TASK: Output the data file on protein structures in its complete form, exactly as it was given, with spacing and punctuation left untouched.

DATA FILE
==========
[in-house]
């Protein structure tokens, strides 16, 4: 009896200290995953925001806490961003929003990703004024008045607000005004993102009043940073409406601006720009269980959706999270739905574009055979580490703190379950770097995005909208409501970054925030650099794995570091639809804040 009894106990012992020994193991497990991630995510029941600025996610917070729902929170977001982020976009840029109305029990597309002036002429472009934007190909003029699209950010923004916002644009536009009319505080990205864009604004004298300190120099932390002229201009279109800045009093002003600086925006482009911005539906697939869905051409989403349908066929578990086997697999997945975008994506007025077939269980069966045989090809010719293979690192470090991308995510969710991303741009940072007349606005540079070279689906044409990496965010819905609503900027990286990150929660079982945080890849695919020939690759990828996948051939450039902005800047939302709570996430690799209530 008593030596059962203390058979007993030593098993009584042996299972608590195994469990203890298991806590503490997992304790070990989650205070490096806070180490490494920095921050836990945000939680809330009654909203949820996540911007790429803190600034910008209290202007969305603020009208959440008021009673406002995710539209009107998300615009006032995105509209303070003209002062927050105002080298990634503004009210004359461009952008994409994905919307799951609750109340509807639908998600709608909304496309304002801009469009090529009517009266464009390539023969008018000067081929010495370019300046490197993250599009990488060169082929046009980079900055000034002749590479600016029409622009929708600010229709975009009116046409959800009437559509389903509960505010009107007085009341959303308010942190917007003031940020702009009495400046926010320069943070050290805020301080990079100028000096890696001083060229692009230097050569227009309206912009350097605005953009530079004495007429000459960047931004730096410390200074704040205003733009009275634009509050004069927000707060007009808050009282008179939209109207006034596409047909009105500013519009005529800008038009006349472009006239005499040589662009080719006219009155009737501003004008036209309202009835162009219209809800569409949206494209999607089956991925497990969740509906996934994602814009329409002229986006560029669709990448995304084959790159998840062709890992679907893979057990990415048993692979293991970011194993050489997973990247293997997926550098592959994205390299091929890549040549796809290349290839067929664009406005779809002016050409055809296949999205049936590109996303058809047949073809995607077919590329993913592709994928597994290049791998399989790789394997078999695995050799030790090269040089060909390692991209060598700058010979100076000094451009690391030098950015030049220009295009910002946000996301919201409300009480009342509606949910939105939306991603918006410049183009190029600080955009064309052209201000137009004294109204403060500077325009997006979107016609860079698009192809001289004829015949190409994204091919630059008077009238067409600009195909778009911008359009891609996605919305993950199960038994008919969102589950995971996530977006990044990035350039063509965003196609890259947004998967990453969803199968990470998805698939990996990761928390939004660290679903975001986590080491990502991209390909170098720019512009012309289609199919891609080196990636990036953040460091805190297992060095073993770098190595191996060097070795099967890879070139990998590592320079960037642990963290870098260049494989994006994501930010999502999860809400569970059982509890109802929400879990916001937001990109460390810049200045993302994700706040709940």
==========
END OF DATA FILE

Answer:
[in-house]
């Protein structure tokens, strides 16, 4: 009896200290995953925001806490961003929003990703004024008045607000005004993102009043940073409406601006720009269980959706999270739905574009055979580490703190379950770097995005909208409501970054925030650099794995570091639809804040 009894106990012992020994193991497990991630995510029941600025996610917070729902929170977001982020976009840029109305029990597309002036002429472009934007190909003029699209950010923004916002644009536009009319505080990205864009604004004298300190120099932390002229201009279109800045009093002003600086925006482009911005539906697939869905051409989403349908066929578990086997697999997945975008994506007025077939269980069966045989090809010719293979690192470090991308995510969710991303741009940072007349606005540079070279689906044409990496965010819905609503900027990286990150929660079982945080890849695919020939690759990828996948051939450039902005800047939302709570996430690799209530 008593030596059962203390058979007993030593098993009584042996299972608590195994469990203890298991806590503490997992304790070990989650205070490096806070180490490494920095921050836990945000939680809330009654909203949820996540911007790429803190600034910008209290202007969305603020009208959440008021009673406002995710539209009107998300615009006032995105509209303070003209002062927050105002080298990634503004009210004359461009952008994409994905919307799951609750109340509807639908998600709608909304496309304002801009469009090529009517009266464009390539023969008018000067081929010495370019300046490197993250599009990488060169082929046009980079900055000034002749590479600016029409622009929708600010229709975009009116046409959800009437559509389903509960505010009107007085009341959303308010942190917007003031940020702009009495400046926010320069943070050290805020301080990079100028000096890696001083060229692009230097050569227009309206912009350097605005953009530079004495007429000459960047931004730096410390200074704040205003733009009275634009509050004069927000707060007009808050009282008179939209109207006034596409047909009105500013519009005529800008038009006349472009006239005499040589662009080719006219009155009737501003004008036209309202009835162009219209809800569409949206494209999607089956991925497990969740509906996934994602814009329409002229986006560029669709990448995304084959790159998840062709890992679907893979057990990415048993692979293991970011194993050489997973990247293997997926550098592959994205390299091929890549040549796809290349290839067929664009406005779809002016050409055809296949999205049936590109996303058809047949073809995607077919590329993913592709994928597994290049791998399989790789394997078999695995050799030790090269040089060909390692991209060598700058010979100076000094451009690391030098950015030049220009295009910002946000996301919201409300009480009342509606949910939105939306991603918006410049183009190029600080955009064309052209201000137009004294109204403060500077325009997006979107016609860079698009192809001289004829015949190409994204091919630059008077009238067409600009195909778009911008359009891609996605919305993950199960038994008919969102589950995971996530977006990044990035350039063509965003196609890259947004998967990453969803199968990470998805698939990996990761928390939004660290679903975001986590080491990502991209390909170098720019512009012309289609199919891609080196990636990036953040460091805190297992060095073993770098190595191996060097070795099967890879070139990998590592320079960037642990963290870098260049494989994006994501930010999502999860809400569970059982509890109802929400879990916001937001990109460390810049200045993302994700706040709940």